Accessibility statement

Joe Tomlinson



Dr Joe Tomlinson
LLB (Manchester) PhD (Manchester)

Senior Lecturer in Public Law

I am Senior Lecturer in Public Law at the University of York. Prior to joining York in 2019, I held lectureships in Public Law at King’s College London and the University of Sheffield. I have also held visiting posts at Melbourne Law School and Osgoode Hall Law School. I completed my LL.B and Ph.D at the University of Manchester.

I am also Research Director of the Public Law Project—a national legal charity, based in London, which seeks to improve access to public law for the poor and disadvantaged. In 2019, I was an ESRC Parliamentary Academic Fellow, supporting the Justice Committee’s inquiry into courts and tribunals reform. I also sit on the Administrative Justice Council’s Academic Panel and the Digital Freedom Fund’s Panel of Experts.

Prior to entering academia, I worked in various clerking roles, including working in President Carl Baudenbacher’s Cabinet at the EFTA Court, as Legal Assistant to Gerard McDermott QC, and at Joseph Hage Aaronson LLP.



My research focuses on the interplay between public law, public policy, and government systems. It often draws upon empirical research methods and examines current policy problems. The overarching aim of my research is, through detailed study of specific systems, to describe, explain, and assess the relationship between law and state in contemporary society.

Specific areas I have undertaken research on include the crowdfunding of public interest litigation, the EU Settlement Scheme, the use of digital immigration status, delegated legislation, automated administrative decision-making, and compliance with COVID-19 measures. I have a particular interest in the use of digital systems within administration.

Through the application of my research, I am involved in the active development of policy and practice in this field. My work has been cited by the UK Supreme Court, relied on in significant public law litigation (including R (on the application of Miller) v The Prime Minister and Cherry and others v Advocate General for Scotland [2019] UKSC 41 and RR v Secretary of State for Work and Pensions [2019] UKSC 52), cited in both the House of Lords and House of Commons, and has formed the basis of a Law Commission reform project.


Selected publications

  • J. Tomlinson, ‘Justice in Automated Administration’ (2020) Oxford Journal of Legal Studies (in press)

  • J. Tomlinson, K. Sheridan, and A. Harkens, ‘Judicial Review Evidence in the Era of the Digital State’ [2020] Public Law (in press)

  • J. sTomlinson and A. Sinclair, ‘Empowering Tribunals to Enforce the Human Rights Act 1998’ (2020) Modern Law Review 652

  • J. Tomlinson and A. Pickup, ‘Reforming Judicial Review Costs Rules in an Age of Austerity’ in. A. Higgins (ed.), The Civil Procedures Rules Twenty Years On (Oxford University Press, 2020) (in press)

  • J. Tomlinson, ‘Beyond the end of ouster clause history?’ in L. Stirton, T.T. Arvind, R. Kirkham, and D. Mac Síthigh (eds), Executive Decision-making and the Courts (Hart Bloomsbury, 2020)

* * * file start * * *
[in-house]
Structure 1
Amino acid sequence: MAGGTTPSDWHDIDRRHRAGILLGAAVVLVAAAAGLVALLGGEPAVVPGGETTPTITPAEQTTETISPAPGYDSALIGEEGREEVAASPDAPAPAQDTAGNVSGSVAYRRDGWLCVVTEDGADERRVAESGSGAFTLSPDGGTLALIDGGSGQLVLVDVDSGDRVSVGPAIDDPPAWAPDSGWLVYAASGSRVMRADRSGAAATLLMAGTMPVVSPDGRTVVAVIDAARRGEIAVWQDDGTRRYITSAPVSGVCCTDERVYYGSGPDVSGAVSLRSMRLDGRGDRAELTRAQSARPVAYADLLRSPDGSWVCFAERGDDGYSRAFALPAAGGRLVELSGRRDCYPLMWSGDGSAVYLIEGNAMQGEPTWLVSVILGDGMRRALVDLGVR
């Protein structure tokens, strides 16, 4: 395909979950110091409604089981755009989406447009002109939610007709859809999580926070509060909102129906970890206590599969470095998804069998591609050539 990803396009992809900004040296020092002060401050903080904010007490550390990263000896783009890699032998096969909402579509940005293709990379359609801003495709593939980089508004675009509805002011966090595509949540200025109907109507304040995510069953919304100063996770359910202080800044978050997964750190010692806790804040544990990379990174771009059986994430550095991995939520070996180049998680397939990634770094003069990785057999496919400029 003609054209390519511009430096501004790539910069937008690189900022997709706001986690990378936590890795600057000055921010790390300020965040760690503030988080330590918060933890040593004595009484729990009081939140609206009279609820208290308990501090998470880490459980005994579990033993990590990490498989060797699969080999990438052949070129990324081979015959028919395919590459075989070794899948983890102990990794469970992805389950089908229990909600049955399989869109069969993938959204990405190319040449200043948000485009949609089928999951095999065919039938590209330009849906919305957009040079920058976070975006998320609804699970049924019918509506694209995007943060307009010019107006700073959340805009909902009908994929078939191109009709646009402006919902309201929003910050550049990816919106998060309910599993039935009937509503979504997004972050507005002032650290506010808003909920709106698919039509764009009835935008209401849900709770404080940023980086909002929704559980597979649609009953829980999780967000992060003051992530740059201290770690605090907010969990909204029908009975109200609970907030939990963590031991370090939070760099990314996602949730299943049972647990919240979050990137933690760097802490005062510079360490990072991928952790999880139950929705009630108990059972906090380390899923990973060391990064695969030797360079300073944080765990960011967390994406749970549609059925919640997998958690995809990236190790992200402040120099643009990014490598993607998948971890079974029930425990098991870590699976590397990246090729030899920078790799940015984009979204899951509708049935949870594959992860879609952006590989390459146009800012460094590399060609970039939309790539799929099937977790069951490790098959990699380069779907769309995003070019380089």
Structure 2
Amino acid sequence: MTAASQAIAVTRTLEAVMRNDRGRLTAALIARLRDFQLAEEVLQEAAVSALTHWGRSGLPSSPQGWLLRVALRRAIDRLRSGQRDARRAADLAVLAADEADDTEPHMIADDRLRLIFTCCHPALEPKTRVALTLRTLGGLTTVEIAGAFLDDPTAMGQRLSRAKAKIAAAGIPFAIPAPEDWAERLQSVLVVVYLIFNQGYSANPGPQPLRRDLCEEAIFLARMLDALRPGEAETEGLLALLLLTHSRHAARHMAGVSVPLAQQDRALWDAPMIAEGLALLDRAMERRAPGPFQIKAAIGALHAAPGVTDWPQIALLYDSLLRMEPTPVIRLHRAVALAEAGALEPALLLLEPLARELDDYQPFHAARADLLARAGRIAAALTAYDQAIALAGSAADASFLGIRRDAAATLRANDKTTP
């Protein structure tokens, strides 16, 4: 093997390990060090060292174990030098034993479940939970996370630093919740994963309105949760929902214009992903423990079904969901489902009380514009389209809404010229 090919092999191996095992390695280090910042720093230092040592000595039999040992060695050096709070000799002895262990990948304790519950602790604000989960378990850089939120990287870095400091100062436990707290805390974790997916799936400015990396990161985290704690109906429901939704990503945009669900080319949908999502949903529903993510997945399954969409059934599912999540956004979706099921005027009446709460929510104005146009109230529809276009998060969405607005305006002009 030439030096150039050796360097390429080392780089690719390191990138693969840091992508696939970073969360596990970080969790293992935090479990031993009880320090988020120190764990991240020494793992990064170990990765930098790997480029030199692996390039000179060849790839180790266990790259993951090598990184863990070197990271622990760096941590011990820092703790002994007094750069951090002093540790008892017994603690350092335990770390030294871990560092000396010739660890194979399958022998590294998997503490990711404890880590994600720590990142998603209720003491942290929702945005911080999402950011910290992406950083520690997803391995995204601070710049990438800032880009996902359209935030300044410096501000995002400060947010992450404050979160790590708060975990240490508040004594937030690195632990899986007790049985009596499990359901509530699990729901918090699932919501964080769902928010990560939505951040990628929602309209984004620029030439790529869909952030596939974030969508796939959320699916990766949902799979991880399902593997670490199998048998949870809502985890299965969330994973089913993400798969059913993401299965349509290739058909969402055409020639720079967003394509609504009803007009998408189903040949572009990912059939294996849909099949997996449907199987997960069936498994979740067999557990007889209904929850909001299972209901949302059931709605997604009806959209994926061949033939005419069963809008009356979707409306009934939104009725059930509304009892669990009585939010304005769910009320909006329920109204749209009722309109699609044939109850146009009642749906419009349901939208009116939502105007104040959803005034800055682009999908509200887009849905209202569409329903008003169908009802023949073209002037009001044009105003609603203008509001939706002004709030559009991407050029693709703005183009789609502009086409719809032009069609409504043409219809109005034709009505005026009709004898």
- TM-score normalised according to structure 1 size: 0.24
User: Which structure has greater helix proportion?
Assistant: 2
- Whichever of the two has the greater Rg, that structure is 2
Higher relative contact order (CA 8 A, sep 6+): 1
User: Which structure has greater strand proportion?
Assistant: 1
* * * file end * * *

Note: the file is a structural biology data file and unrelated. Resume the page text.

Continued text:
• J. Tomlinson, N. Gill, J. Hynes, ‘In Defence of the Court? Emerging Geographies of Publicness, Materiality, Access and Communication in Court Hearings’ (2020) Geography Compass (online pre-publication available)

  • J. Tomlinson, ‘Do we need a theory of legitimate expectations?’ (2020) 40(2) Legal Studies 286

  • J. Tomlinson and R. Thomas, Immigration Judicial Reviews: An Empirical Study (Nuffield Foundation, 2019)

  • J. Tomlinson, Justice in the Digital State: Assessing the Next Revolution in Administrative Justice (Bristol University Press, 2019; open access) (with a foreword by Professor Carol Harlow QC(Hon))

  • J. Tomlinson and R. Thomas, ‘A Different Tale of Judicial Power: Administrative Review as a Problematic Response to the Judicialisation of Tribunals’ [2019] Public Law 537

  • J. Tomlinson, ‘Crowdfunding Public Interest Judicial Reviews: A Risky New Resource and the Case for a Practical Ethics’ [2019] Public Law 166

  • J. Tomlinson and B. Karemba, ‘Tribunal Justice, Brexit, and Digitalisation: Immigration Appeals in the First-tier Tribunal’ (2019) 33(1) Journal of Immigration, Asylum & Nationality Law 47

  • J. Tomlinson and R. Thomas, ‘Remodelling Social Security Appeals (Again): The Advent of Online Tribunals’ (2018) 25(2) Journal of Social Security Law 84

  • J. Tomlinson and L. Lovdahl Gormsen, ‘Stumbling Towards the UK’s New Administrative Settlement: A Study of Competition Law Enforcement After Brexit’ (2018) 20 Cambridge Yearbook of European Legal Studies 233

  • J. Tomlinson, ‘The Grammar of Administrative Justice Values’ (2017) 39(4) Journal of Social Welfare and Family Law 524

  • J. Tomlinson and R. Thomas, ‘Mapping current issues in administrative justice: austerity and the ‘more bureaucratic rationality’ approach’ (2017) 39(3) Journal of Social Welfare and Family Law 380

  • J. Tomlinson, ‘The Narrow Approach to Substantive Legitimate Expectations and the Trend of Modern Authority’ (2017) 17(1) Oxford University Commonwealth Law Journal 75



I teach on the following modules/subjects:

  • Public Law; and
  • Undergraduate Dissertation (module leader). 


I am happy to speak to prospective research students interested in pursuing research in the field of public law.

Contact details

Dr Joe Tomlinson
York Law School

Tel: +44 (0)1904 32 6472